“NV Dems can confidently say that what happened in the Iowa caucus last night will not happen in Nevada on February 22,” William McCurdy II, chair of the Nevada Democratic Party, said in a statement on Feb. 4. “We will not be employing the same app or vendor used in the Iowa caucus.”
The party has already developed a series of backups and redundant reporting systems, he said. The party was “currently evaluating the best path forward.”
The Nevada Democratic Party didn’t respond to questions about what app it would be using and how it’s vetted and tested that app. The party paid Shadow Inc., the company that developed the app used in the Iowa caucus, $58,000 in August 2019 for technology services. It had never said which firm developed its app, but some reports indicated it was Shadow.
The Iowa Democratic Party paid the Washington-based company over $63,000 later in 2019.
Shadow’s app was designed to help precinct chairs report the three results from their precincts. There were initial results, results after supporters from non-viable candidates switched to other candidates, and “state delegate equivalents,” which were tallied using the second round of numbers.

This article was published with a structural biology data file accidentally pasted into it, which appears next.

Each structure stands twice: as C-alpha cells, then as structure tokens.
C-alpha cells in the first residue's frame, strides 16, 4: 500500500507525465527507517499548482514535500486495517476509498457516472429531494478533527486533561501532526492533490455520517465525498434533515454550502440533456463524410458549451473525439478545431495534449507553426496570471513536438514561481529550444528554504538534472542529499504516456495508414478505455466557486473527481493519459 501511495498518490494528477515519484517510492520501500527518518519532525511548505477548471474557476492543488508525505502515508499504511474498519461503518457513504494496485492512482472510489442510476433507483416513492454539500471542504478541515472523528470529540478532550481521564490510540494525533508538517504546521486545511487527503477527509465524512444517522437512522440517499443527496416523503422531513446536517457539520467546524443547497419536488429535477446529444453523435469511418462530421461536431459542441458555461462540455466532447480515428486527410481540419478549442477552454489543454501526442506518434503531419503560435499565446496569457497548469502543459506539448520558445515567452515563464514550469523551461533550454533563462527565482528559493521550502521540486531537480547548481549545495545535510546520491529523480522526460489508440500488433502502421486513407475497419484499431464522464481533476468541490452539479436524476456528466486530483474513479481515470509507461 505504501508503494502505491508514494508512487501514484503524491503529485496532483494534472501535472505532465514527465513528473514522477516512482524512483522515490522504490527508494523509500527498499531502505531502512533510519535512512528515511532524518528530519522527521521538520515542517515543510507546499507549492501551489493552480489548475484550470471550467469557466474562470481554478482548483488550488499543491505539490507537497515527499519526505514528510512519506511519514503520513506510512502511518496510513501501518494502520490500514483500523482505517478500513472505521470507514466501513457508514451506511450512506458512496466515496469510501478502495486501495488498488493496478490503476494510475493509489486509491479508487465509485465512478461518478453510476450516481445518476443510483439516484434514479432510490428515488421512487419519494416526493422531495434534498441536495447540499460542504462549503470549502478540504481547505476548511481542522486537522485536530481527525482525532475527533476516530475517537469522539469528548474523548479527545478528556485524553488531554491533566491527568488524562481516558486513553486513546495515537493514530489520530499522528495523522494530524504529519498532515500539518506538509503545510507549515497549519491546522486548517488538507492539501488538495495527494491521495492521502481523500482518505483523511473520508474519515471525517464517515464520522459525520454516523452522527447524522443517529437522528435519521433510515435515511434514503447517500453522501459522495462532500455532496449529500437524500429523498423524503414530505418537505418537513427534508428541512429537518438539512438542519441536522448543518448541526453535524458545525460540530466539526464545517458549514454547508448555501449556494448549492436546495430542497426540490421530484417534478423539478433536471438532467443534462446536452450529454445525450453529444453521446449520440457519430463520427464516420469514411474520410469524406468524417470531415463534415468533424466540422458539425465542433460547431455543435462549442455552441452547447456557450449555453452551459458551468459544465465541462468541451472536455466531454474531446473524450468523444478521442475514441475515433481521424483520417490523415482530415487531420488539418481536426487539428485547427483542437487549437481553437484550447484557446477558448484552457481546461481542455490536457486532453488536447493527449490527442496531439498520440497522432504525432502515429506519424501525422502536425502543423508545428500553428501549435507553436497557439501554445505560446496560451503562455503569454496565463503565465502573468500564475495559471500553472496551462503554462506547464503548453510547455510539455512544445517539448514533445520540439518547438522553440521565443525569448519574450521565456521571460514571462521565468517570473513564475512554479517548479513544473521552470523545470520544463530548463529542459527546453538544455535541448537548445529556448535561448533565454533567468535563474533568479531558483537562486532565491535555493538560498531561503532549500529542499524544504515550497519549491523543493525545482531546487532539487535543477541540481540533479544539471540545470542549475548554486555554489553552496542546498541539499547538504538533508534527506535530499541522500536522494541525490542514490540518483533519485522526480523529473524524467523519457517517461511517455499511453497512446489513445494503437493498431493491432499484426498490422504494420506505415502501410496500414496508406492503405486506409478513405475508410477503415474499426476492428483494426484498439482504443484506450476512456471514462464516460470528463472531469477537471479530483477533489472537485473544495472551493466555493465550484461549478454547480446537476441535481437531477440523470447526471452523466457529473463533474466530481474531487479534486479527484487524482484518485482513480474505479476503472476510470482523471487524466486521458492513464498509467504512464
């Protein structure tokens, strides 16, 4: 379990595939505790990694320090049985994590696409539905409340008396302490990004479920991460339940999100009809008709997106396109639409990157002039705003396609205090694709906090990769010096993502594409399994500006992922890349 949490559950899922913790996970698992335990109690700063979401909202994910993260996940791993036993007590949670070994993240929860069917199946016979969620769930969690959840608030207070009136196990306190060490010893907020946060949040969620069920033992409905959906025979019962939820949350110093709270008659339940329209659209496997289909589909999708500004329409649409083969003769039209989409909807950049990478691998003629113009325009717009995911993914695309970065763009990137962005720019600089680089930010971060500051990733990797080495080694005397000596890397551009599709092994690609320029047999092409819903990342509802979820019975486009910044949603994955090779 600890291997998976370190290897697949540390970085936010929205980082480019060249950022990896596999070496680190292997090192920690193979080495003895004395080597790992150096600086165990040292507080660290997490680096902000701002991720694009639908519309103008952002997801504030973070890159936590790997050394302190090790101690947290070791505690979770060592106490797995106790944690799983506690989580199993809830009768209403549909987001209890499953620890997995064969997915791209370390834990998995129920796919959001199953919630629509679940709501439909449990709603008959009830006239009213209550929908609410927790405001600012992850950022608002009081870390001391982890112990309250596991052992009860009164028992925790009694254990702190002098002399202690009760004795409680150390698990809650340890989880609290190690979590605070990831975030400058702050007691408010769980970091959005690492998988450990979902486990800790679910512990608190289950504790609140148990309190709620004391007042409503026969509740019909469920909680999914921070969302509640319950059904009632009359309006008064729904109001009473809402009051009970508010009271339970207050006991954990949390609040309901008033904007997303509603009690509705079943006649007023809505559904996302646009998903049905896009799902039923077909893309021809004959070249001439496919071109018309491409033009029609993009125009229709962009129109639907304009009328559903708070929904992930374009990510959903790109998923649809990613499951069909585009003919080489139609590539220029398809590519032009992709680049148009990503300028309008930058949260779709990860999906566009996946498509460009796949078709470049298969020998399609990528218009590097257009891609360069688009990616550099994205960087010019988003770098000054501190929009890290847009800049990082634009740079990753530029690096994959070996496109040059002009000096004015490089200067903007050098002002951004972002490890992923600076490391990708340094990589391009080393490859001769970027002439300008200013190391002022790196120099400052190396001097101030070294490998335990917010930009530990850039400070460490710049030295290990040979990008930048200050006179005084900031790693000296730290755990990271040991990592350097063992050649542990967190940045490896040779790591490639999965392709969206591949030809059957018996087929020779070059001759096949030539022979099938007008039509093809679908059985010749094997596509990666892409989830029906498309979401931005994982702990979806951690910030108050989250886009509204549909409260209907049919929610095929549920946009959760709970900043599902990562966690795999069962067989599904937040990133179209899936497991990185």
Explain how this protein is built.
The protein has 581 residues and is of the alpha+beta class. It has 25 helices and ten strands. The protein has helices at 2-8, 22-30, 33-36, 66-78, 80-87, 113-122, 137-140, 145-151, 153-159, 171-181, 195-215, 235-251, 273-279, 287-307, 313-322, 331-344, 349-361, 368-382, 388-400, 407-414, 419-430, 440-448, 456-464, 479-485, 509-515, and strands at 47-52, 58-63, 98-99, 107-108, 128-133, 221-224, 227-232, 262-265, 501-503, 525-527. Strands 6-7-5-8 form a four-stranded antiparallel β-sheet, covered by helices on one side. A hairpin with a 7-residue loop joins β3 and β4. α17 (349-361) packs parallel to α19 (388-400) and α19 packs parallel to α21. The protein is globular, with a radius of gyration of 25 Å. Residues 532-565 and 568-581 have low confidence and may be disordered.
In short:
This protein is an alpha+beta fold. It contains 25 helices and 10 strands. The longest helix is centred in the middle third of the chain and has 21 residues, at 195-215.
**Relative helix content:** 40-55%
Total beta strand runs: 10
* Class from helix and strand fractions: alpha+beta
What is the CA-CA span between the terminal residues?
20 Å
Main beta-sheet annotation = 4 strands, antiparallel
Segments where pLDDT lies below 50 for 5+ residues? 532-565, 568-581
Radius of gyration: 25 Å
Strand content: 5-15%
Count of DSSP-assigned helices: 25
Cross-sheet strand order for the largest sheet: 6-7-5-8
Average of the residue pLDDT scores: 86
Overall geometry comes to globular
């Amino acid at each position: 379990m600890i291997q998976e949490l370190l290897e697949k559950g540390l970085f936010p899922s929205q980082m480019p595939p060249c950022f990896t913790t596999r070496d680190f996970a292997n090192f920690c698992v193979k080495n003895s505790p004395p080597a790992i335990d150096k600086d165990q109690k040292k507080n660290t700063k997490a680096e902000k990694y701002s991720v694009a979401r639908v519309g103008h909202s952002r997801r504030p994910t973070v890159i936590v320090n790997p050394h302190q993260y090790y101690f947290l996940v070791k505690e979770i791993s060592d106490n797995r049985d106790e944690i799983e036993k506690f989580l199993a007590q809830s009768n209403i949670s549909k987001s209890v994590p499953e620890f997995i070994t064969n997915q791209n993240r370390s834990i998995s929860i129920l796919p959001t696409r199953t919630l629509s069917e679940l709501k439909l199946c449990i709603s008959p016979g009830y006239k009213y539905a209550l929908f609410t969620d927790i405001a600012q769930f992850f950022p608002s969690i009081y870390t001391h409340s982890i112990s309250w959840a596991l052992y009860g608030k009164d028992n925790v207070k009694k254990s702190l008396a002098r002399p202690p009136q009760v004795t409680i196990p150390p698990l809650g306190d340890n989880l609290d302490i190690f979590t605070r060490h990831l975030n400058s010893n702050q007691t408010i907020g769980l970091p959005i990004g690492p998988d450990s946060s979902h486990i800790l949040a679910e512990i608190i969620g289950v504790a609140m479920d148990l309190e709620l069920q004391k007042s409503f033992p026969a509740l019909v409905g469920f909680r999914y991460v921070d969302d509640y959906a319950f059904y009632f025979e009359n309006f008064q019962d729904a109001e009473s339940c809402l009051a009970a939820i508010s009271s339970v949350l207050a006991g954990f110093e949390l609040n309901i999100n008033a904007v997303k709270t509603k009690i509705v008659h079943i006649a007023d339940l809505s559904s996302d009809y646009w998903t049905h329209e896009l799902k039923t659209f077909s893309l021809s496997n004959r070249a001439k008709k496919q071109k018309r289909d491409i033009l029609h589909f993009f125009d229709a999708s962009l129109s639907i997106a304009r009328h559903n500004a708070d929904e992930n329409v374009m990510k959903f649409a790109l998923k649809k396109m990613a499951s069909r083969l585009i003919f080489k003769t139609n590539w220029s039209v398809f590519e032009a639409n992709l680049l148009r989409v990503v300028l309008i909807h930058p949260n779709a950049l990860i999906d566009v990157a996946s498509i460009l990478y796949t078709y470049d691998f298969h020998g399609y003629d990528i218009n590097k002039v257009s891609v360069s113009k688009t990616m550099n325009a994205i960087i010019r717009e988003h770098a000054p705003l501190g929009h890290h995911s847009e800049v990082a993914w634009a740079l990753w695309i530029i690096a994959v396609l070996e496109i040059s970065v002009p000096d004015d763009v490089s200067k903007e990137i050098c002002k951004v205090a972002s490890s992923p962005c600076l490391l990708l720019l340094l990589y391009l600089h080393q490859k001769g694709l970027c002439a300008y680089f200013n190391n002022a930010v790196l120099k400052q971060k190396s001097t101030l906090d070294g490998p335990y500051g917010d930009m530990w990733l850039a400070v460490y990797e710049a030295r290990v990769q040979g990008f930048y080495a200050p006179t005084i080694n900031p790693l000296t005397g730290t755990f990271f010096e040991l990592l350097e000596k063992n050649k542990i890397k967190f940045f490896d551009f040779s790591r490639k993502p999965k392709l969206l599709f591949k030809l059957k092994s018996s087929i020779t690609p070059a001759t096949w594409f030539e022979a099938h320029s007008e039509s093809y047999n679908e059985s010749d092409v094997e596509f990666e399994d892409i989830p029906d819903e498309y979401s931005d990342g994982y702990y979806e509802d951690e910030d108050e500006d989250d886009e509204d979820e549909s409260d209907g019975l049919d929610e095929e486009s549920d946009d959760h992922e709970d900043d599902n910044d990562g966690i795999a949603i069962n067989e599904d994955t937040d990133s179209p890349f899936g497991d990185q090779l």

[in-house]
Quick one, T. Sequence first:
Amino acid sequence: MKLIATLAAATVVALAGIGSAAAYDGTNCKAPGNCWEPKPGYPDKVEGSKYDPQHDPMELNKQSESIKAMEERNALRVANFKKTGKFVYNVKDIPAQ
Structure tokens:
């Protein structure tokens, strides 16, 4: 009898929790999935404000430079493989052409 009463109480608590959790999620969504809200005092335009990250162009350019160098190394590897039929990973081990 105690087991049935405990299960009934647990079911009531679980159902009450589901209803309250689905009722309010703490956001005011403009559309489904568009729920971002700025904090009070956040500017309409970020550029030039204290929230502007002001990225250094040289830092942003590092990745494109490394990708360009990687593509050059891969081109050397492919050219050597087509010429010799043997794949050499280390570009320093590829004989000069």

Inconsistencies with early reports Feb. 3 in Iowa were uncovered through an accuracy and quality check, Iowa Democratic Party Chairman Troy Price said in a statement on Feb. 4. An investigation showed the inconsistencies stemming from “coding issues” on the app.
Because the app wasn’t working, precinct officials flooded telephone lines trying to report results, causing major delays.
The state party said the app wasn’t hacked or intruded. Department of Homeland Security acting Secretary Chad Wolf said Feb. 4 that his agency offered to test the app “from a hacking perspective” but was rebuffed.
While there was no evidence of a hack, there were stress or load issues, as well as a reporting issue, he said.
“Given the amount of scrutiny that we have on election security these days, this is a concerning event, and it really goes to the public confidence of our elections,” he said.
Shadow said in a statement on Feb. 4 that staff members regretted the delay in reporting the caucus results “and the uncertainty it has caused to the candidates, their campaigns, and Democratic caucus-goers.”
“We will apply the lessons learned in the future, and have already corrected the underlying technology issue. We take these issues very seriously, and are committed to improving and evolving to support the Democratic Party’s goal of modernizing its election processes,” the company said.
The next Democratic Party primary takes place next week in New Hampshire.
New Hampshire Democratic Party Chairman Ray Buckley told New Hampshire Public Radio on Feb. 4 that voters and campaigns can be confident in the primary there because the state uses paper ballots.
“I think it is impossible to hack, because it includes so many human beings and the fact that there’s the paper trail,” Buckley said.
The state holds regular elections, and the secretary of state oversees them, not the Democratic Party, Buckley said.
The procedure is simple for voters, he said. “Go in, mark the ballot.”